Guylaine Séguin, Ph.D. (Université de Montréal) Staff psychologist in the Couple and Family Therapy Service. Coordinator of French cohort in the Couple and Family Therapy Training Program. Accredited as AAMFT (American Association for Marriage and Family Therapy) supervisor. Faculty lecturer at the University of Sherbrooke, Nursing Sciences and Department of Psycho-Education, Master`s Programs. Supervisor of doctoral clinical stages in family therapy at the University of Montreal. Has been working as child and adolescent psychologist at the CHU in Sherbrooke from 1979 to 2007. Guylaine.seguin [at] mail.mcgill.ca (Email)

Courses offered

SWRK 623

3 credits
Couple Therapy.

Social Work: The goal of this course is to introduce students to the major models of couple therapy. The course will be divided into four core theoretical approaches to couple therapy: integrated systemic therapy for couples, emotionally focused therapy for couples, mentalizing based couple therapy, and cognitive behavioural marital therapy. Common factors will be explored such as communication skills, therapeutic alliance and client/therapist characteristics, in couple treatment. Models will be presented integrating the lens of gender, race, poverty, social class, and multiculturalism into couple treatment.

Offered by: Social Work

  • Terms
    • Winter 2020
  • Instructors
    • There are no professors associated with this course for the 2019 academic year

 


Jennifer Sigouin

Jennifer Sigouin has a Master degree in Sociology in the option of Social Statistics, and she is currently doing her Ph.D in Sociology. Her research interests include ethnic relations, labour market, crime and social statistics. Jennifer has been awarded a SSHRC fellowship to conduct her studies on income discrimination towards visible minority members in Quebec, compared to the rest of Canada. She was the coordinator of the John Howard Society of Quebec, which is a non-profit organization looking to offer effective, just and humane responses to the causes and consequences of crime. She also worked for La Maison Populaire, an adult literacy centre, where she wrote a report called “L’Alphabétisation dans la region d’Argenteuil” that got presented during a press conference to city officials. jennifer.sigouin [at] mail.mcgill.ca (Email.)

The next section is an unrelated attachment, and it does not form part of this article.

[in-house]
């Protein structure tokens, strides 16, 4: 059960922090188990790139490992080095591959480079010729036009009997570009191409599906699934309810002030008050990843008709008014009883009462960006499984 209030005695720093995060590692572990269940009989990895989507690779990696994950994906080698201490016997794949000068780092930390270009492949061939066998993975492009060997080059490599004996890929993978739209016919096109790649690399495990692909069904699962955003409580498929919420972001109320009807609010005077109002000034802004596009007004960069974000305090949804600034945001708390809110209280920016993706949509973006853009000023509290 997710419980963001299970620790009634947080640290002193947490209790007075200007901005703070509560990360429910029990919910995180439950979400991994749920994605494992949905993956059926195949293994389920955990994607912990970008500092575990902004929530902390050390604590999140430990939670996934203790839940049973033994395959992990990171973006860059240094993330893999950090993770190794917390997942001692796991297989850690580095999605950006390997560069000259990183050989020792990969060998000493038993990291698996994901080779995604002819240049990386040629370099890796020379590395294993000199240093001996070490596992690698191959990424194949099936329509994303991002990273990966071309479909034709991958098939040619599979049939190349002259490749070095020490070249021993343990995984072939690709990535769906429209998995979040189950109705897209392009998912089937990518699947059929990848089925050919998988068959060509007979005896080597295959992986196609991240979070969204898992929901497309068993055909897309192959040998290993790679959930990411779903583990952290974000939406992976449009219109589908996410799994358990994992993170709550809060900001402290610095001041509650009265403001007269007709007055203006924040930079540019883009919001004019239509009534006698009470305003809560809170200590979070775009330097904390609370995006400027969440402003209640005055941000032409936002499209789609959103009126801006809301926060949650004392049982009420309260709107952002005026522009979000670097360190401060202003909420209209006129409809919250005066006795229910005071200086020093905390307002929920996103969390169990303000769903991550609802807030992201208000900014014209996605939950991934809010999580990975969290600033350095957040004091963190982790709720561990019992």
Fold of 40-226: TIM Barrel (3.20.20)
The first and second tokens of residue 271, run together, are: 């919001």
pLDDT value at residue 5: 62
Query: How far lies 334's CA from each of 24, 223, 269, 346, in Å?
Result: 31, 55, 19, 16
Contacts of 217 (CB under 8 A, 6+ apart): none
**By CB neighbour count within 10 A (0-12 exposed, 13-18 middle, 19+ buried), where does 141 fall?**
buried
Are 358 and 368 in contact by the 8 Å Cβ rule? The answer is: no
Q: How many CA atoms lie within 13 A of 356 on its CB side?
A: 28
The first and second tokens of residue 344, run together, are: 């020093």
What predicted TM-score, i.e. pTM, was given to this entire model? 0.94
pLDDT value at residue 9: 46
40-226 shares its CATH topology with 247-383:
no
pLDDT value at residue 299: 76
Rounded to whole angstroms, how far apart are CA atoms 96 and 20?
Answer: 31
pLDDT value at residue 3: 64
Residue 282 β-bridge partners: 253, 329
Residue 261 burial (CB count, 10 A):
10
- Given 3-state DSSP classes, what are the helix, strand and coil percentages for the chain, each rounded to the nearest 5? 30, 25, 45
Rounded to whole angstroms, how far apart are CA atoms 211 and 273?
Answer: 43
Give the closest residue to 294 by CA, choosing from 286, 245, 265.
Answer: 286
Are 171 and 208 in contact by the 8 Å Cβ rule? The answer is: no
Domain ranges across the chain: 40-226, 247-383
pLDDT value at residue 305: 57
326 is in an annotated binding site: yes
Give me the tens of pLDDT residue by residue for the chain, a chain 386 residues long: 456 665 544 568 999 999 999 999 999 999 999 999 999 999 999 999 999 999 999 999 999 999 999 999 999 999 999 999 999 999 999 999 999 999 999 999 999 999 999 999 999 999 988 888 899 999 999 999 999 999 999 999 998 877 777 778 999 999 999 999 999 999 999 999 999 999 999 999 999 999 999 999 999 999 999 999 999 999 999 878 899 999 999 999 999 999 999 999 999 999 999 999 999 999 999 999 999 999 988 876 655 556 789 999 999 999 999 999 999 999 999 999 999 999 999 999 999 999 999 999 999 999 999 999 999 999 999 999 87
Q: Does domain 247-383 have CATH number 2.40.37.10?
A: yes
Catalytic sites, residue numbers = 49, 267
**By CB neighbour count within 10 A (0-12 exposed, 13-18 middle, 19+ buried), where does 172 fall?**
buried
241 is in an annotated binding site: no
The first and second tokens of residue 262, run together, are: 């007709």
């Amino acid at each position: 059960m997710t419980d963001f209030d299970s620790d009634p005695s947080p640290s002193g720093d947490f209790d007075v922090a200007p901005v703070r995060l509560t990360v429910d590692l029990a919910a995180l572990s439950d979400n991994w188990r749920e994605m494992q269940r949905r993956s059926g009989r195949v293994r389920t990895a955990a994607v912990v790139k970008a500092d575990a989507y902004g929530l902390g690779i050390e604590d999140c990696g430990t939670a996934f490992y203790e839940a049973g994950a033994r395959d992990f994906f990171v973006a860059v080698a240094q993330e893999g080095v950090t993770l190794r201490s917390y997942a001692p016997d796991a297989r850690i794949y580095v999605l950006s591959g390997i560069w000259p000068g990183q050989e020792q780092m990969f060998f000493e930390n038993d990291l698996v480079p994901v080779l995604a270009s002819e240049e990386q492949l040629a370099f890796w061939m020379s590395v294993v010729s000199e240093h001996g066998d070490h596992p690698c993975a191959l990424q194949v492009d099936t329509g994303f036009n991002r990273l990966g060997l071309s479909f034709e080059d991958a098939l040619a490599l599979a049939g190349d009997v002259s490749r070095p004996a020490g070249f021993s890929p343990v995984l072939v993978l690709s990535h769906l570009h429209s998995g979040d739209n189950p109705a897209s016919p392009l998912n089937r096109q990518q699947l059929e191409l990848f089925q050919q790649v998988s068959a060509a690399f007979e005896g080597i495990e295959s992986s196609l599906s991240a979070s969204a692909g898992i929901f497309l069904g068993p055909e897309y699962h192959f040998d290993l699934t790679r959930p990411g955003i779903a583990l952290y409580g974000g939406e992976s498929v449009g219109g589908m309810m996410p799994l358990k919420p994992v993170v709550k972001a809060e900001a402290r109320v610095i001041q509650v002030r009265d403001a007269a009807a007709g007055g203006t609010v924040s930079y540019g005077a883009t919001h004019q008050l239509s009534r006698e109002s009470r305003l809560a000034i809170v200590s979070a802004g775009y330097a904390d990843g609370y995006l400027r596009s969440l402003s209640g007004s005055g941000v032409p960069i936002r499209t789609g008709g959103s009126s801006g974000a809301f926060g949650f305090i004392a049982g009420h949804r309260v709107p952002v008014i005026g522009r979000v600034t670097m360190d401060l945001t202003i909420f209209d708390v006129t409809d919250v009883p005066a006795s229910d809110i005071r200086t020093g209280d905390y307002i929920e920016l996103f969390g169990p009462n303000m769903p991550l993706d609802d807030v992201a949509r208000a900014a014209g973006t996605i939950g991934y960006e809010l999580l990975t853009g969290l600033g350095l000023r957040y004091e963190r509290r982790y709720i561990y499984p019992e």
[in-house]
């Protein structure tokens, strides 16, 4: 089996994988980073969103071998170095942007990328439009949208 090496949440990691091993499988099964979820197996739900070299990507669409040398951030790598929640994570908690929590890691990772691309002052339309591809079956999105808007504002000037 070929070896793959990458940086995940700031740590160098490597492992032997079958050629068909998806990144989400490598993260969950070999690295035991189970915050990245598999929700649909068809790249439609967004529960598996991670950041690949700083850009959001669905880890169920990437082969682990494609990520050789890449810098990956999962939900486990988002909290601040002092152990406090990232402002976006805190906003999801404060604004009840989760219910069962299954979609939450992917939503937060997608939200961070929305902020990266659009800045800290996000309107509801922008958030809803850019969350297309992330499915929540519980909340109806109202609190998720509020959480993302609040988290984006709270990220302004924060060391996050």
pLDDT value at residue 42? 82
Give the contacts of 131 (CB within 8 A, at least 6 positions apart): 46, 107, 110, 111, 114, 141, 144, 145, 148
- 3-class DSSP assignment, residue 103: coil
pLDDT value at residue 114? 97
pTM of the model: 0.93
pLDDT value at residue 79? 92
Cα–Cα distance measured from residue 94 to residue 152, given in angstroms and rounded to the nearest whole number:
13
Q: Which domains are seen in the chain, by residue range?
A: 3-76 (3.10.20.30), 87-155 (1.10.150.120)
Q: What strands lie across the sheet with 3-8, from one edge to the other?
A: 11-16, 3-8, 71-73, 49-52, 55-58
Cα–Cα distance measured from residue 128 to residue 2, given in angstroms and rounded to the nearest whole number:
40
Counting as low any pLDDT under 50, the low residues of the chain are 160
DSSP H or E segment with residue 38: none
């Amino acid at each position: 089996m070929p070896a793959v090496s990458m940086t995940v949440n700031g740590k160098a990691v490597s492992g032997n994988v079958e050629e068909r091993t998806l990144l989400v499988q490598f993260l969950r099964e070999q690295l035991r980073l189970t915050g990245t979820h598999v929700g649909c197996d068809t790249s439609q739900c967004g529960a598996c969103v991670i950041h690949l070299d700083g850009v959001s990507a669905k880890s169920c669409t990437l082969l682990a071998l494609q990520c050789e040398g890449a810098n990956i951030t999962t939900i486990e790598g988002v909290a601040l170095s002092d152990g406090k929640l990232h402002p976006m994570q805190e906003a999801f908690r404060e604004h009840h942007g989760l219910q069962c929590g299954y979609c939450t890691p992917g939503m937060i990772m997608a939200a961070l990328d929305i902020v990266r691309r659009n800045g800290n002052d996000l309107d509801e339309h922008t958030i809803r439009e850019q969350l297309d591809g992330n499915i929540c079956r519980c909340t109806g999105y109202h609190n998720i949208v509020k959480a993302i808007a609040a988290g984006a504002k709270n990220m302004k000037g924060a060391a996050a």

Courses offered

SWRK 221

3 credits
Public Social Services in Canada.

Social Work: Federal and provincial social welfare programs - the intended objectives, program design, issues of eligibility and funding, and comparison with programs in other parts of Europe and North America. Particular emphasis on concepts of social justice and poverty. Programs such as income security, labour market, health, immigration, and social services.

Offered by: Social Work

  • Restrictions: Limited to BSW U1 students. Not open to students who have taken SWRK 352.
  • Terms
    • Fall 2019
  • Instructors
    • Jill Hanley

 


Corrie Sirota-Frankel

Corrie Sirota-Frankel Mrs. Sirota-Frankel currently works part time as the Support Services Director at Camp B'nai Brith. She holds a graduate degree in Social Work from McGill University as well as a Graduate Certificate in Loss and Bereavement. Mrs. Sirota-Frankel has worked in the Montreal Community for over 20 years developing psychosocial prevention and intervention programs for Families and Children. Some of her recent presentations have included Understanding Adolescent Girls, How to Run Effective Parent/Teacher Conferences, as well as When Bad Things Happen to Good Students. Mrs. Sirota-Frankel teaches at McGill University in the School of Social Work, Beth Jacob Teachers College as well as Batshaw Youth and Family Services. She also counsels clients through her private practice specializing in Bereavement Counseling. Mrs. Sirota-Frankel is a regular contributor to ME Magazine and is called upon regularly to appear on TV and radio in the area of child development and crisis intervention. corrie.sirota13 [at] gmail.com (Email)

Courses offered

SWRK 222

3 credits
Introduction to Practicum.

Social Work: Basic social work skills.

Offered by: Social Work

  • Restrictions: Limited to BSW U1 students. Not open to students who have taken SWRK 255.
  • Terms
    • Winter 2020
  • Instructors
    • Zack Marshall

 

Tags: